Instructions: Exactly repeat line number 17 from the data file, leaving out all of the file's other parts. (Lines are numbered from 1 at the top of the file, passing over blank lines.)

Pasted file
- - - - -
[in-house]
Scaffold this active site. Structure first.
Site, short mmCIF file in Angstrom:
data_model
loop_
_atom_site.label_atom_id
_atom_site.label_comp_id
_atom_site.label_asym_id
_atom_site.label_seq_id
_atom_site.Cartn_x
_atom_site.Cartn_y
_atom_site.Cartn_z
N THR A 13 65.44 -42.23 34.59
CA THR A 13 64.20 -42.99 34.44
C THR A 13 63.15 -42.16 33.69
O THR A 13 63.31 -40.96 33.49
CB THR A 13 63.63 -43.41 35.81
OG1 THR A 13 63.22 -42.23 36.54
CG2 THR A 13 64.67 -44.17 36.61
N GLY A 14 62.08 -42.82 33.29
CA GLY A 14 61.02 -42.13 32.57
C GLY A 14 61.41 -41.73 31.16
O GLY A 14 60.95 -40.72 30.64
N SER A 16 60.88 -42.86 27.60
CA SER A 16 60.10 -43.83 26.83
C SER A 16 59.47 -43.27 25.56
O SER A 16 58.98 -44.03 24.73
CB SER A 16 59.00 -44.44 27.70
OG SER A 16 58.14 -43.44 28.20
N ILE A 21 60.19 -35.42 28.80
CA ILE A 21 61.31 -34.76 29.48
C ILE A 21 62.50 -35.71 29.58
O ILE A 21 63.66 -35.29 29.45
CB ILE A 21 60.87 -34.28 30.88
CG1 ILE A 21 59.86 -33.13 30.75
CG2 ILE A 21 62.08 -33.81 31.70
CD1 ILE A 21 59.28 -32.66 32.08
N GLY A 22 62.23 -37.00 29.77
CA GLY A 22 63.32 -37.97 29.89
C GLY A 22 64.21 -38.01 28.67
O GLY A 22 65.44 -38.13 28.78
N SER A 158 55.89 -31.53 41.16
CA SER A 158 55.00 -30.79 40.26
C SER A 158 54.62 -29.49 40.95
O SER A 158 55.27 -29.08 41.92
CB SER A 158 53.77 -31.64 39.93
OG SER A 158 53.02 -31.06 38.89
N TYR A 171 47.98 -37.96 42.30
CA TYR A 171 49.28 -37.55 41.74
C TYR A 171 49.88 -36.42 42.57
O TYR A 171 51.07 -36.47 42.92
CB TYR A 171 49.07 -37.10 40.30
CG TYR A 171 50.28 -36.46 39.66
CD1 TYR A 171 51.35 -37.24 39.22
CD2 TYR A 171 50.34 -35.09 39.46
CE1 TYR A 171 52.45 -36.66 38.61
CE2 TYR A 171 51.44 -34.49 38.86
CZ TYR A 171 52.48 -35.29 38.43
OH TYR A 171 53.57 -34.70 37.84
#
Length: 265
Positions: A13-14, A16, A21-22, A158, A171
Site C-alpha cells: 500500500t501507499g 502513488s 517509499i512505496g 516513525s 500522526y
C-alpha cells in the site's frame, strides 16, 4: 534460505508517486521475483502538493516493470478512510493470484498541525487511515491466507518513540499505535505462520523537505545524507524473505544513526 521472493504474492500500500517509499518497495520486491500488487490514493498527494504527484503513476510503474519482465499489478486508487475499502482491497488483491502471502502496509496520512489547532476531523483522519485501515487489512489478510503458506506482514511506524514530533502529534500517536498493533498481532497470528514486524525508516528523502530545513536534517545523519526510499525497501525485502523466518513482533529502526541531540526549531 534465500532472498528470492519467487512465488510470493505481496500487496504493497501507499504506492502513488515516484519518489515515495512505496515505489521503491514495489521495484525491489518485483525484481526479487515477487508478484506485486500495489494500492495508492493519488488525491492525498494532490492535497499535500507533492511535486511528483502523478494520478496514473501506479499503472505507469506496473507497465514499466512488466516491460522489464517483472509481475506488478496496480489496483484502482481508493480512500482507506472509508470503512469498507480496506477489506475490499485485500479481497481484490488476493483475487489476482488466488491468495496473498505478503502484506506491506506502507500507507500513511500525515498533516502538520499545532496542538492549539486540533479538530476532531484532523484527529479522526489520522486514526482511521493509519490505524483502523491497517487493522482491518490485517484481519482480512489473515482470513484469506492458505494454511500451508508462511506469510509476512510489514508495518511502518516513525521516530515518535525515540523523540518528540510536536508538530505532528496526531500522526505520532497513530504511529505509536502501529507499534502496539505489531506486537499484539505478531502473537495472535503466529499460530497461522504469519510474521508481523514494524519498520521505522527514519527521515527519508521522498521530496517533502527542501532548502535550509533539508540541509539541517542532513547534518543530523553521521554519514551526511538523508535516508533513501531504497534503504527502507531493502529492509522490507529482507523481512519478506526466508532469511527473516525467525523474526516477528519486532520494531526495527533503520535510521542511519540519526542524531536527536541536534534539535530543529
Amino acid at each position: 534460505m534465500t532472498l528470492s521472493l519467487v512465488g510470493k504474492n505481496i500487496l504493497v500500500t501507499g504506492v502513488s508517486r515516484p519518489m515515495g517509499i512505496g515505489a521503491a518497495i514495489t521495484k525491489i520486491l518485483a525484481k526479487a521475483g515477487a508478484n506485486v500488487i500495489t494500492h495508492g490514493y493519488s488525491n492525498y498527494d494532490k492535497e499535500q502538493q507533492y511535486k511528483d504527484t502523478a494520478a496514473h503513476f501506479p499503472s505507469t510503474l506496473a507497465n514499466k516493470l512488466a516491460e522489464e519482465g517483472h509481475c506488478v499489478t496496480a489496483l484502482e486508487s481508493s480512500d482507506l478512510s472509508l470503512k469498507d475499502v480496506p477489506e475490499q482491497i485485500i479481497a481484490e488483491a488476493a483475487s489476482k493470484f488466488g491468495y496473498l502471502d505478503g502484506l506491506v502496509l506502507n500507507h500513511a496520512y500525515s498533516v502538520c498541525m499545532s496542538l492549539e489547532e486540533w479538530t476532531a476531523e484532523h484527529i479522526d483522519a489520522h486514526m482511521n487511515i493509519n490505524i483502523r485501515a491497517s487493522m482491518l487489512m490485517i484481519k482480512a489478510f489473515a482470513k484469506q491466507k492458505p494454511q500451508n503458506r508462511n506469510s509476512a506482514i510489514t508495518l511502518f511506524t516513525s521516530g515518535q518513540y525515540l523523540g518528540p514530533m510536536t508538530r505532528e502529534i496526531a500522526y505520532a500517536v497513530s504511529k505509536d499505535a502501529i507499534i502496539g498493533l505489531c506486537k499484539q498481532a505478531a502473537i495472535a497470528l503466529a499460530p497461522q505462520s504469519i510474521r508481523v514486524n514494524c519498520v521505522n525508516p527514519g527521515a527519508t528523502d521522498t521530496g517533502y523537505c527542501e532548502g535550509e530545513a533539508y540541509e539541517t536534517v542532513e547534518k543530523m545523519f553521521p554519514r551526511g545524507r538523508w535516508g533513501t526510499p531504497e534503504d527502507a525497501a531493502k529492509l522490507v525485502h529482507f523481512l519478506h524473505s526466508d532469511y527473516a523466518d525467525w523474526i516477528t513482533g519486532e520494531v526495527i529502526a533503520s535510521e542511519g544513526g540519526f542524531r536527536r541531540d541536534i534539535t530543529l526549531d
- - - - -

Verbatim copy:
CB THR A 13 63.63 -43.41 35.81